In an emergency both the Swiss or German police can be called. Busingen's citizens can work and own properties in Switzerland, and if a German citizen has lived in Busingen for more than 10 years, he or she can receive a special status similar to Swiss citizenship.


6. Colma - California


Colma town in California has more dead people than living. It is home to 17 cemeteries. The Gold Rush of 1849 caused thousands of people to migrate to nearby San Francisco, but they brought diseases and subsequently, death. In 1900, San Francisco was overcrowded by the dead so new burials were banned.

In 1914, all bodies buried in San Francisco, was relocated to Colma which is sprawling with graveyards. The population of the town used to consist only of gravediggers, florists, and memorial makers, but in the 1980s, people of other professions also started to settle here. The town’s motto today is "It’s great to be alive in Colma!"


5. Begich Towers - Alaska


The entire city of Whittier, Alaska, is located in the 14-level building of a former military facility. Nickname a ‘town under one roof,’ the building contains all the shops, a police station, a hospital, playground and a church. The aim was to economize on heating since the weather here is cold and windy almost all year. The city’s population numbers only 220 people


4. Monowi - USA


Monowi is a small town in northeast Nebraska which has a population of 1. The sole resident, Elsie Eller is the mayor, librarian and bartender. She runs the council, the town’s tavern, library and serves as clerk. In the 1930s, the town had a population of about 150 people, but by 2000, it had two, Elsie and her husband, Rudy.

When Rudy passed away in 2004, Elsie was the town’s lone resident. Elsie pays her annual tax to maintain its four streetlights and other basic amenities. She is said to cook up a mean burger, enticing farmers from over 130km away, as well as catering to tourists and passers-by.


3. Longyearbyen - Norway


The town of Longyearbyen in Svalbard, Norway, is a place where dying is forbidden. There is a cemetery in the town, but it hasn’t been used in 70 years. Longyearbyen’s ground is permafrost, which means the soil is permanently frozen all year round. The frosty climate, prevents dead bodies from decomposing and makes them an attraction for wild animals like polar bears. People who are likely to die soon are transported to mainland Norway by plane.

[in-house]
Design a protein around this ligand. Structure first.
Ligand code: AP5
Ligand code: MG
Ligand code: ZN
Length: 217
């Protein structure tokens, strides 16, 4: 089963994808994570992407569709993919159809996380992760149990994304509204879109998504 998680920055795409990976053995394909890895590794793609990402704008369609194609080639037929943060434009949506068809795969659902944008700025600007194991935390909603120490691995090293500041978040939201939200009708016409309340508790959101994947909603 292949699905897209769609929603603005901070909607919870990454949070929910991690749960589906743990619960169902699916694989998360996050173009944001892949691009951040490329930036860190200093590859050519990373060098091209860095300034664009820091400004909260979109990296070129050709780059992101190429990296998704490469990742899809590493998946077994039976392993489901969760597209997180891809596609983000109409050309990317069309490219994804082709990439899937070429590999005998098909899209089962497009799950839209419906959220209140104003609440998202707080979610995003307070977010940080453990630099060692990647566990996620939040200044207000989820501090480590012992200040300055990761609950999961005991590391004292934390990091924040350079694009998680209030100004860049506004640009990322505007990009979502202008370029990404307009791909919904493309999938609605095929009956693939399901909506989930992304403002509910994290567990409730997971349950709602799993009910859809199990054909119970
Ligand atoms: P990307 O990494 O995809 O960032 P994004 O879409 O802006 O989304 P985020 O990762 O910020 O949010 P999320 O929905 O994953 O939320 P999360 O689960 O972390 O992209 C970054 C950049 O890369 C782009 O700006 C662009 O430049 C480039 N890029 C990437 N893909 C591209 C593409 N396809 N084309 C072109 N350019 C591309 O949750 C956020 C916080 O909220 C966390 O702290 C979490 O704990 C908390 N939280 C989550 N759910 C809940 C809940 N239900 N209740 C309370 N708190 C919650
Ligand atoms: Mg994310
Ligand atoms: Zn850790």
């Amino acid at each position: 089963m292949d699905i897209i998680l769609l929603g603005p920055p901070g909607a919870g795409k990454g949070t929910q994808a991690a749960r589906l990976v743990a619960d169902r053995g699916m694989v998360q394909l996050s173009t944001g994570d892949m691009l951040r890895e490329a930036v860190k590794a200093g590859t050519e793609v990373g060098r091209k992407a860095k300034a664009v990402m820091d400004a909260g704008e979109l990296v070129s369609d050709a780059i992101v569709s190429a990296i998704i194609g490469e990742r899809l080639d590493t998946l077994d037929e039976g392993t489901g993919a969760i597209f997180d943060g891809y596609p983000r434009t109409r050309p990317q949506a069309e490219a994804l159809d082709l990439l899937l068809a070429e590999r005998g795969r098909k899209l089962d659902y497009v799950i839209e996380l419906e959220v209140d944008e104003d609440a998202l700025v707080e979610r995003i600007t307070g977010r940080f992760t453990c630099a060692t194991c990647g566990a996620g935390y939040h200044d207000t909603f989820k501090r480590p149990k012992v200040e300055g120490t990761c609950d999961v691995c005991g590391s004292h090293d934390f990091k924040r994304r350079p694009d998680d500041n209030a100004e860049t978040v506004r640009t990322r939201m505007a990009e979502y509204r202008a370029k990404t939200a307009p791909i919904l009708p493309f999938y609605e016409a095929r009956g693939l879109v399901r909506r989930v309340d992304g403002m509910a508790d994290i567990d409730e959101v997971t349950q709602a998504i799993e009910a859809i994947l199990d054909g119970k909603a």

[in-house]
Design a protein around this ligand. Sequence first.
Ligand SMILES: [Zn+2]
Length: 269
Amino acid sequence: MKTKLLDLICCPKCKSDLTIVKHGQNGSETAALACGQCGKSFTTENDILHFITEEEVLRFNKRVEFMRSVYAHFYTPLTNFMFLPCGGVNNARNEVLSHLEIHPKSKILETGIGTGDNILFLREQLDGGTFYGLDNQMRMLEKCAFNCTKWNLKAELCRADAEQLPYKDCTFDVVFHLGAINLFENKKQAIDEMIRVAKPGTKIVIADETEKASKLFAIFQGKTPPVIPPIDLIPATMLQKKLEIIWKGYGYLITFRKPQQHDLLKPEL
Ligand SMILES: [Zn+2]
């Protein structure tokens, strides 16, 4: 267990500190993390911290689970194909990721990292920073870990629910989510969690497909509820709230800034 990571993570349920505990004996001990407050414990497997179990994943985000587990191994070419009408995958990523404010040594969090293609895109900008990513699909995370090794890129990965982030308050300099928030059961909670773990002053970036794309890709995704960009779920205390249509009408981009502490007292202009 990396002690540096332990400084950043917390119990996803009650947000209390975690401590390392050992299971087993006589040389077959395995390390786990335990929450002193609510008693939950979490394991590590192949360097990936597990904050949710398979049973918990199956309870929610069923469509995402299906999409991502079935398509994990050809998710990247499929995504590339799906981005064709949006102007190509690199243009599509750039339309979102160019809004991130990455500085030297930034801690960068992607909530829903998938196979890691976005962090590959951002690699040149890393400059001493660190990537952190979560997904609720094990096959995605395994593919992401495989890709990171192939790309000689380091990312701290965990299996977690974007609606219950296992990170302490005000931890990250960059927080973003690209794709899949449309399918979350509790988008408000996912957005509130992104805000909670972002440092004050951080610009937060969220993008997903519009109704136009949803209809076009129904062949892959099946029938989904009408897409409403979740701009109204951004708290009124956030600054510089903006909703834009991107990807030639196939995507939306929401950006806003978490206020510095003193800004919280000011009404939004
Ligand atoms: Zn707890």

2. Marloth Park - South Africa


Marloth Park, close to Kruger National Park, is filled with wildlife including, lions, hippopotamuses, and crocodiles. In despite of the dangers of having these wild animals close by, residents are not allowed to build fences around their houses. The only fence that separates the townspeople from the park is a small 1.2-meter (4 ft) fence that was built to keep humans out of the park.

It is not unusual then to see wild animals about the town. Cyclist are often the victims of attacks and townsmen have nicknamed people riding bicycles at night - 'meals on wheels.'


1. Hallstat - China


The beautiful Austrian village of Hallstatt is a town of breathtaking views. It attracts thousands of visitors each year. The Chinese decided to build the exact replica of the Austrian village in China's Guangdong province. The church was built first, followed by streets that look exactly like the original ones.

At first Hallstat Austria’s residents were not happy, but later the Mayor of Hallstatt and some residents visited the Huizhou town, and were given VIP treatment. This left the village of Hallstatt very proud that their town was replicated.